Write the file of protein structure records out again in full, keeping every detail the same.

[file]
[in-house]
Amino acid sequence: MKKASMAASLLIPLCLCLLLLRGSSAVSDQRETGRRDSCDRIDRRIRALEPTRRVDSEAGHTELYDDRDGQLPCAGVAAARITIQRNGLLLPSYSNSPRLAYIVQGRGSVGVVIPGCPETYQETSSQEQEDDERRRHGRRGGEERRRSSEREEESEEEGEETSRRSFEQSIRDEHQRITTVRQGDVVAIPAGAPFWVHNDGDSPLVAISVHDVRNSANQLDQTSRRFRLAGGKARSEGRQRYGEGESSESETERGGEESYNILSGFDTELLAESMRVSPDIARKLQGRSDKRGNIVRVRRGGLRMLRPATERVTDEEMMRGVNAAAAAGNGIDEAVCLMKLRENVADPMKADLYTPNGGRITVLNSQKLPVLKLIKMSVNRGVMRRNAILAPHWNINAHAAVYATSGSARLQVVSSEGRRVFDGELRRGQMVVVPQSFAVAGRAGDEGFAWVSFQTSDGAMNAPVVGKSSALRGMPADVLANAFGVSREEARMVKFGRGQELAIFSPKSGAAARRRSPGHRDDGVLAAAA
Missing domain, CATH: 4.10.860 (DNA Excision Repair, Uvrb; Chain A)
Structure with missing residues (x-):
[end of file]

[in-house]
Amino acid sequence: MKKASMAASLLIPLCLCLLLLRGSSAVSDQRETGRRDSCDRIDRRIRALEPTRRVDSEAGHTELYDDRDGQLPCAGVAAARITIQRNGLLLPSYSNSPRLAYIVQGRGSVGVVIPGCPETYQETSSQEQEDDERRRHGRRGGEERRRSSEREEESEEEGEETSRRSFEQSIRDEHQRITTVRQGDVVAIPAGAPFWVHNDGDSPLVAISVHDVRNSANQLDQTSRRFRLAGGKARSEGRQRYGEGESSESETERGGEESYNILSGFDTELLAESMRVSPDIARKLQGRSDKRGNIVRVRRGGLRMLRPATERVTDEEMMRGVNAAAAAGNGIDEAVCLMKLRENVADPMKADLYTPNGGRITVLNSQKLPVLKLIKMSVNRGVMRRNAILAPHWNINAHAAVYATSGSARLQVVSSEGRRVFDGELRRGQMVVVPQSFAVAGRAGDEGFAWVSFQTSDGAMNAPVVGKSSALRGMPADVLANAFGVSREEARMVKFGRGQELAIFSPKSGAAARRRSPGHRDDGVLAAAA
Missing domain, CATH: 4.10.860 (DNA Excision Repair, Uvrb; Chain A)
Structure with missing residues (x-):